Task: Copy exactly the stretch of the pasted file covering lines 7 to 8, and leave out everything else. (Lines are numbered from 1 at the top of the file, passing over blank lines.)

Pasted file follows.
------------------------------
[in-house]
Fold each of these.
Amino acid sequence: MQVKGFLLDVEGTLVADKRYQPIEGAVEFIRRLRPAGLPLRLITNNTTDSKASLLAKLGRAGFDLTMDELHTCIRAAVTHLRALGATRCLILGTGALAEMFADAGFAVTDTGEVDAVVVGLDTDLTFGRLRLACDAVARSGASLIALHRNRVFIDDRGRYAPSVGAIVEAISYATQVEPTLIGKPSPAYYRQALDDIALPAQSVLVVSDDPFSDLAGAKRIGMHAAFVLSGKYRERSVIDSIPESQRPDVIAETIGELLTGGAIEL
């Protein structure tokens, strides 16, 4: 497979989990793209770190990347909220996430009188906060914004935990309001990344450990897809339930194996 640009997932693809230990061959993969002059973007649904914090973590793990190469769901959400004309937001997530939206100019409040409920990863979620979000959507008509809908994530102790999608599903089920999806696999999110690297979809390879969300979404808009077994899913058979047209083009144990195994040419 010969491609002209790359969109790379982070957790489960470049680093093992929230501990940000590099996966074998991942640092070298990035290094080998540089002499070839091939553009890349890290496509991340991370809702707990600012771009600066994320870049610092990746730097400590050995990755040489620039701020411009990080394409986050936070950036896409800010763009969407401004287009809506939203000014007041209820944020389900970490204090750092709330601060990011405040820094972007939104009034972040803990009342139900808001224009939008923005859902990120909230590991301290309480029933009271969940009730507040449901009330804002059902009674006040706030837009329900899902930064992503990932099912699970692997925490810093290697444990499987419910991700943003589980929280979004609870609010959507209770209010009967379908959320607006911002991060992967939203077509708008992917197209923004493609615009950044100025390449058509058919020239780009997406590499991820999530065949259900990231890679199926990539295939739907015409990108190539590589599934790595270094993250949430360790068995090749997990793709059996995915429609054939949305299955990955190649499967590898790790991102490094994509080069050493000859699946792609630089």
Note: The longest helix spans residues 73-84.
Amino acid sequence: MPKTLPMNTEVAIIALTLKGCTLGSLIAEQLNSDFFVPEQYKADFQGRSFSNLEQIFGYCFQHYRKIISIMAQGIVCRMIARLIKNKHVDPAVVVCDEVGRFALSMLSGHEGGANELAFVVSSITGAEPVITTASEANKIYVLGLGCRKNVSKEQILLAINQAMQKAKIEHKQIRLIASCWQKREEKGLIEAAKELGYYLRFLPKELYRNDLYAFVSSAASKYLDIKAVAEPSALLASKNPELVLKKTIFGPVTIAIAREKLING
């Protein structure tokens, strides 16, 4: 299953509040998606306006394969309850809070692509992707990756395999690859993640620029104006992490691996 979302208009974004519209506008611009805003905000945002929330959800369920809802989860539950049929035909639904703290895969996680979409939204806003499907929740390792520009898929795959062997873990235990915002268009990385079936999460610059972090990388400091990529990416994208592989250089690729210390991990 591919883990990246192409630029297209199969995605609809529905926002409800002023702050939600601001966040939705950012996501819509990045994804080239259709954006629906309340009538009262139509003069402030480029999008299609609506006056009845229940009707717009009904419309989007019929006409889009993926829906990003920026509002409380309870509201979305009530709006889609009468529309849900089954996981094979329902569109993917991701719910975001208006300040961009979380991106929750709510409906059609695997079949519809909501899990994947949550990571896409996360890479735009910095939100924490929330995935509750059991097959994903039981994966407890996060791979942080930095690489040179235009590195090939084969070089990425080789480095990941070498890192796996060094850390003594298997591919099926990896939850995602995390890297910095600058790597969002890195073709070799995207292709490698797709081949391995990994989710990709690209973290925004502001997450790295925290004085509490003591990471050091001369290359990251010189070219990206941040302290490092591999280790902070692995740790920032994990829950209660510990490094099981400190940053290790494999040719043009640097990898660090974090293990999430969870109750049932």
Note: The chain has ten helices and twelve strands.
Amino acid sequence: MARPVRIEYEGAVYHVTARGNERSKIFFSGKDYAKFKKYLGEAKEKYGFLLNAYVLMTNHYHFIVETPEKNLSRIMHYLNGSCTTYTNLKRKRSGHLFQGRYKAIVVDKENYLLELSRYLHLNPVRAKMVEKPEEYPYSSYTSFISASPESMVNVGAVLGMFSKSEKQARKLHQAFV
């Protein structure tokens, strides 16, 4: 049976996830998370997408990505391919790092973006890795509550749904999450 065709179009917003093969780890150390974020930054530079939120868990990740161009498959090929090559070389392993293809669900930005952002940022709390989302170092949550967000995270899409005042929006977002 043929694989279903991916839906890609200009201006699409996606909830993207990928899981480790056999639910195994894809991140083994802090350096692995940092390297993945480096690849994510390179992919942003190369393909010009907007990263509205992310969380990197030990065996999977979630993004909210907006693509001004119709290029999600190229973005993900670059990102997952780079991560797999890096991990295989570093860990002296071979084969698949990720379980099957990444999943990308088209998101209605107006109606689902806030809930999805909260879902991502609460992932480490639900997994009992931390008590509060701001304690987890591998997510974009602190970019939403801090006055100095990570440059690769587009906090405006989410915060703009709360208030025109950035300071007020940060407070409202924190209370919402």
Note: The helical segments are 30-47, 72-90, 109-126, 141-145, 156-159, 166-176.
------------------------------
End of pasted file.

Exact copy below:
């Protein structure tokens, strides 16, 4: 299953509040998606306006394969309850809070692509992707990756395999690859993640620029104006992490691996 979302208009974004519209506008611009805003905000945002929330959800369920809802989860539950049929035909639904703290895969996680979409939204806003499907929740390792520009898929795959062997873990235990915002268009990385079936999460610059972090990388400091990529990416994208592989250089690729210390991990 591919883990990246192409630029297209199969995605609809529905926002409800002023702050939600601001966040939705950012996501819509990045994804080239259709954006629906309340009538009262139509003069402030480029999008299609609506006056009845229940009707717009009904419309989007019929006409889009993926829906990003920026509002409380309870509201979305009530709006889609009468529309849900089954996981094979329902569109993917991701719910975001208006300040961009979380991106929750709510409906059609695997079949519809909501899990994947949550990571896409996360890479735009910095939100924490929330995935509750059991097959994903039981994966407890996060791979942080930095690489040179235009590195090939084969070089990425080789480095990941070498890192796996060094850390003594298997591919099926990896939850995602995390890297910095600058790597969002890195073709070799995207292709490698797709081949391995990994989710990709690209973290925004502001997450790295925290004085509490003591990471050091001369290359990251010189070219990206941040302290490092591999280790902070692995740790920032994990829950209660510990490094099981400190940053290790494999040719043009640097990898660090974090293990999430969870109750049932």
Note: The chain has ten helices and twelve strands.